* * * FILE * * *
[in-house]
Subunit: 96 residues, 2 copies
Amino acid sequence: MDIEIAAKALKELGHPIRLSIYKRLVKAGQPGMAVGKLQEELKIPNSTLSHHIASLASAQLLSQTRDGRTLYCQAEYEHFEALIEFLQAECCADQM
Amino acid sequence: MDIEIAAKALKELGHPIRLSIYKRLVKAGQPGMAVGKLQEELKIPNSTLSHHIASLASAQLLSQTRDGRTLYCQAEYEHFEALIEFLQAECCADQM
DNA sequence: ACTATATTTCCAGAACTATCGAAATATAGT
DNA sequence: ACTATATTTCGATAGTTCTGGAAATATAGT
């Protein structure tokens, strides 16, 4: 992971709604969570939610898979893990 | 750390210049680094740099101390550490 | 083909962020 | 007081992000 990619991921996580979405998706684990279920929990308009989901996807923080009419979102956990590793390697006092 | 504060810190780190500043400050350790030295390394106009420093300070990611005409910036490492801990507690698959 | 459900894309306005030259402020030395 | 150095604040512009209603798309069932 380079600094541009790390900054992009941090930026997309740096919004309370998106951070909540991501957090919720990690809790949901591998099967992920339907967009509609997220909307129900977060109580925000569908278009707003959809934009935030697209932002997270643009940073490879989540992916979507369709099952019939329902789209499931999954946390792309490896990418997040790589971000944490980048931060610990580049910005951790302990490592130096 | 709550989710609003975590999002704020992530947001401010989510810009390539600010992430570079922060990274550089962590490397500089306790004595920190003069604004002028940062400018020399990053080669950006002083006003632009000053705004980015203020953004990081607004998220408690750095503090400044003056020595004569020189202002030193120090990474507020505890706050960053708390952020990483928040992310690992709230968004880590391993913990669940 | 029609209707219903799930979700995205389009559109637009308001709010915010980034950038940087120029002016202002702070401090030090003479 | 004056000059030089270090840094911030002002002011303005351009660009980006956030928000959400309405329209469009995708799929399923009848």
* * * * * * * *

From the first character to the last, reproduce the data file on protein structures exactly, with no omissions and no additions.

[in-house]
Subunit: 96 residues, 2 copies
Amino acid sequence: MDIEIAAKALKELGHPIRLSIYKRLVKAGQPGMAVGKLQEELKIPNSTLSHHIASLASAQLLSQTRDGRTLYCQAEYEHFEALIEFLQAECCADQM
Amino acid sequence: MDIEIAAKALKELGHPIRLSIYKRLVKAGQPGMAVGKLQEELKIPNSTLSHHIASLASAQLLSQTRDGRTLYCQAEYEHFEALIEFLQAECCADQM
DNA sequence: ACTATATTTCCAGAACTATCGAAATATAGT
DNA sequence: ACTATATTTCGATAGTTCTGGAAATATAGT
């Protein structure tokens, strides 16, 4: 992971709604969570939610898979893990 | 750390210049680094740099101390550490 | 083909962020 | 007081992000 990619991921996580979405998706684990279920929990308009989901996807923080009419979102956990590793390697006092 | 504060810190780190500043400050350790030295390394106009420093300070990611005409910036490492801990507690698959 | 459900894309306005030259402020030395 | 150095604040512009209603798309069932 380079600094541009790390900054992009941090930026997309740096919004309370998106951070909540991501957090919720990690809790949901591998099967992920339907967009509609997220909307129900977060109580925000569908278009707003959809934009935030697209932002997270643009940073490879989540992916979507369709099952019939329902789209499931999954946390792309490896990418997040790589971000944490980048931060610990580049910005951790302990490592130096 | 709550989710609003975590999002704020992530947001401010989510810009390539600010992430570079922060990274550089962590490397500089306790004595920190003069604004002028940062400018020399990053080669950006002083006003632009000053705004980015203020953004990081607004998220408690750095503090400044003056020595004569020189202002030193120090990474507020505890706050960053708390952020990483928040992310690992709230968004880590391993913990669940 | 029609209707219903799930979700995205389009559109637009308001709010915010980034950038940087120029002016202002702070401090030090003479 | 004056000059030089270090840094911030002002002011303005351009660009980006956030928000959400309405329209469009995708799929399923009848």